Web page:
Congress is still working on government spending three months after the deadline ... again
While the elections may seem like an end to a cycle of policymaking before a new Congress gets sworn in, the reality is that lawmakers are still trying to work their way through important legislation before the end of the year.
The biggest item on the agenda is a bill to fund the federal government and avoid a shutdown – an issue that was supposed to have been resolved before October but has slid into the holiday season.
In fact, in the past five decades, Congress has only completed the appropriations process on schedule three times.
If the system was working properly, the House and Senate Appropriations committees would develop 12 spending bills in line with the jurisdictions of their subcommittees. The chambers would then pass those twelve bills and resolve any differences before the government’s new fiscal year begins Oct. 1. That virtually never happens.
“The failure of Congress to pass individual appropriations spending bills is the result of the overall Congressional budget process being broken and routinely ignored,” said Michael Murphy, chief of staff for the Committee for a Responsible Federal Budget, who explained that the breakdown in appropriating is one piece of a dysfunctional budget process.
The Congressional Budget Act of 1974 set a timeline that begins with the president introducing a budget on the first Monday in February, continuing through congressional passage of a budget by mid April and then the Appropriations committees completing their work by June 30, in time for the new fiscal year starting three months later.
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This year, the House of Representatives passed six spending bills but the Senate did not pass any, meaning all twelve must be rolled into one massive bill known as an “omnibus.” In most years, even the omnibus is not passed by the end of the fiscal year. Instead, the lawmakers pass one or more “continuing resolutions” that extend funding temporarily while they work on the final bill or bills.
The government is currently operating under a continuing resolution that expires Dec. 15. Lawmakers have been negotiating a spending bill for the rest of the year but will likely require another CR to buy more time. Leaders may try to attach other priority legislation to the omnibus, such as a bill to reform how Congress counts electoral votes, in order to get a few more things done before the end of the year.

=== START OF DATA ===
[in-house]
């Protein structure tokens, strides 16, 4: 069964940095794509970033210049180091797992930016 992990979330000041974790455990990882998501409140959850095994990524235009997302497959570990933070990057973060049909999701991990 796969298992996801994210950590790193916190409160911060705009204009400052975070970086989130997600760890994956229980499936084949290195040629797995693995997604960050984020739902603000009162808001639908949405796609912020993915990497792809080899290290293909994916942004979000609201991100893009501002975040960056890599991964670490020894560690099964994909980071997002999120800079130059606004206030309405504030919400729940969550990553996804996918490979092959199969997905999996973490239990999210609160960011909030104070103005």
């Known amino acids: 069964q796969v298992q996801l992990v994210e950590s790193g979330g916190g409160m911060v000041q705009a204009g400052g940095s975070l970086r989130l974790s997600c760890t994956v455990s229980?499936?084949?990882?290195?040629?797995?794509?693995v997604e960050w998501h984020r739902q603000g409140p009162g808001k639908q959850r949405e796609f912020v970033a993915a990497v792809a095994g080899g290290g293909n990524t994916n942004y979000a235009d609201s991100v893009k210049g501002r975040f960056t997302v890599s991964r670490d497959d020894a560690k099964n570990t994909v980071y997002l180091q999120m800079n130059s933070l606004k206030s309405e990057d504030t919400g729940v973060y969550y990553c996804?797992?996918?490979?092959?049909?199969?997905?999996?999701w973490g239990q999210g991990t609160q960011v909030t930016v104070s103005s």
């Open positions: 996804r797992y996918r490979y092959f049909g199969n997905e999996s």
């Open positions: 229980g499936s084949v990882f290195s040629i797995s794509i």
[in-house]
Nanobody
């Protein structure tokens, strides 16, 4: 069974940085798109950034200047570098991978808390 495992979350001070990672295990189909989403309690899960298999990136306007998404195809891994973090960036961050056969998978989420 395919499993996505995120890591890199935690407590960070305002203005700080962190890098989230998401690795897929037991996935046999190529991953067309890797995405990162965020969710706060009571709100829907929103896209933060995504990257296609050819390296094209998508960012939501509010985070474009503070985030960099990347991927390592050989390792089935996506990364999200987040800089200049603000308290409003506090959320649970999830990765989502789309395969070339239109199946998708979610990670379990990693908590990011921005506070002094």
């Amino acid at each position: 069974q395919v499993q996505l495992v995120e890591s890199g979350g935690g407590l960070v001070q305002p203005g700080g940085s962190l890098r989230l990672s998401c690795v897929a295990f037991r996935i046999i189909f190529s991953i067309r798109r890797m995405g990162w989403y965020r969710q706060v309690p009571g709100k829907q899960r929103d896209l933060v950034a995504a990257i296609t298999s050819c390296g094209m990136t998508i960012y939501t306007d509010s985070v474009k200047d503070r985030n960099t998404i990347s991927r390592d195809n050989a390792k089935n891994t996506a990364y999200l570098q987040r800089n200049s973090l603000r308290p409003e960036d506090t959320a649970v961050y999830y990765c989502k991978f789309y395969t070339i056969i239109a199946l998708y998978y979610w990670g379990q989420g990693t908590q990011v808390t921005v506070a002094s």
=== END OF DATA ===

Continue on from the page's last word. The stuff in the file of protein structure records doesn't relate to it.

“Congress has not passed a real concurrent budget resolution since 2015, and has only passed all individual appropriations bills on time by the end of the fiscal year four times in the last 50 years,” Murphy said. “Polarization of Congress and the fact that Congress seems to act only upon a crisis deadline has contributed to this reality.”
The breakdown in the process results in a lack of government transparency and proper planning, according to Murphy.
“As a result, we continue to shirk responsibility for weighing the tradeoffs inherent in effectively managing the finances and programs of the federal government,” he explained. “The use of one or more CRs is problematic for government agencies who are unable to effectively plan for their programs given the constant uncertainty surrounding their funding levels.”
Many spending cycles begin with congressional leaders and Appropriations chairs announcing an intent to follow the process and pass the discretionary spending bills by the start of the fiscal year. However, that almost never happens. (“Discretionary” spending is that which Congress can set each year. “Mandatory” spending – such as Social Security, Medicare and Medicaid” – is required by other laws.)
Congress has only avoided the use of continuing resolutions three times since fiscal 1977, according to the Congressional Research Service. Often, the CR lasts until December, but Congress may use more than one and there have been occasionals when continuing resolutions have been needed into late winter and even the spring.
Returning to regular order requires a commitment from congressional leadership, Murphy said.
“Congress needs a sufficient number of leaders in both parties who will stand up and call for going back to basics, which includes coming up with an actual budget and passing it in both chambers by the required deadline of April 15 to begin the budget process,” he said. “At the same time, recognizing the process has failed to work for years, we need to undertake comprehensive budget process reforms that result in a more accountable and transparent process that can achieve fiscally responsible outcomes.”